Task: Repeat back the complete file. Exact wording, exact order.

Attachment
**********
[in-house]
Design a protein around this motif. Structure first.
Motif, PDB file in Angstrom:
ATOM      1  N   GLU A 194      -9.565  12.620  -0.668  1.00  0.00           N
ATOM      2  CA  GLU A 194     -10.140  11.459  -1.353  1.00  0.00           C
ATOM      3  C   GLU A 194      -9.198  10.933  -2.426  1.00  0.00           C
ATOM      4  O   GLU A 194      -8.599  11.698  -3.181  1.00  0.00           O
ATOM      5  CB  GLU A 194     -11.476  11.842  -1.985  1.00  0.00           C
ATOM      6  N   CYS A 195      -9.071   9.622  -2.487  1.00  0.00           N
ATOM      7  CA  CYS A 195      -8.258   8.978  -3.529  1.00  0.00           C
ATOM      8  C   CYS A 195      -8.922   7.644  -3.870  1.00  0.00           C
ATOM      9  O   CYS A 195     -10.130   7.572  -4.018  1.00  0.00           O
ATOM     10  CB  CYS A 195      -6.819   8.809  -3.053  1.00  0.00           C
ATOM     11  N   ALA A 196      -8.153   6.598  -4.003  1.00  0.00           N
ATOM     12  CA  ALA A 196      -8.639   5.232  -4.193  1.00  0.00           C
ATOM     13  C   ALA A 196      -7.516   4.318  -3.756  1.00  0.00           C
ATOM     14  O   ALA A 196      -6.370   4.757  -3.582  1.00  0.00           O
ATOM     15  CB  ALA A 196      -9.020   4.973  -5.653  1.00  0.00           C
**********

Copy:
[in-house]
Design a protein around this motif. Structure first.
Motif, PDB file in Angstrom:
ATOM      1  N   GLU A 194      -9.565  12.620  -0.668  1.00  0.00           N
ATOM      2  CA  GLU A 194     -10.140  11.459  -1.353  1.00  0.00           C
ATOM      3  C   GLU A 194      -9.198  10.933  -2.426  1.00  0.00           C
ATOM      4  O   GLU A 194      -8.599  11.698  -3.181  1.00  0.00           O
ATOM      5  CB  GLU A 194     -11.476  11.842  -1.985  1.00  0.00           C
ATOM      6  N   CYS A 195      -9.071   9.622  -2.487  1.00  0.00           N
ATOM      7  CA  CYS A 195      -8.258   8.978  -3.529  1.00  0.00           C
ATOM      8  C   CYS A 195      -8.922   7.644  -3.870  1.00  0.00           C
ATOM      9  O   CYS A 195     -10.130   7.572  -4.018  1.00  0.00           O
ATOM     10  CB  CYS A 195      -6.819   8.809  -3.053  1.00  0.00           C
ATOM     11  N   ALA A 196      -8.153   6.598  -4.003  1.00  0.00           N
ATOM     12  CA  ALA A 196      -8.639   5.232  -4.193  1.00  0.00           C
ATOM     13  C   ALA A 196      -7.516   4.318  -3.756  1.00  0.00           C
ATOM     14  O   ALA A 196      -6.370   4.757  -3.582  1.00  0.00           O
ATOM     15  CB  ALA A 196      -9.020   4.973  -5.653  1.00  0.00           C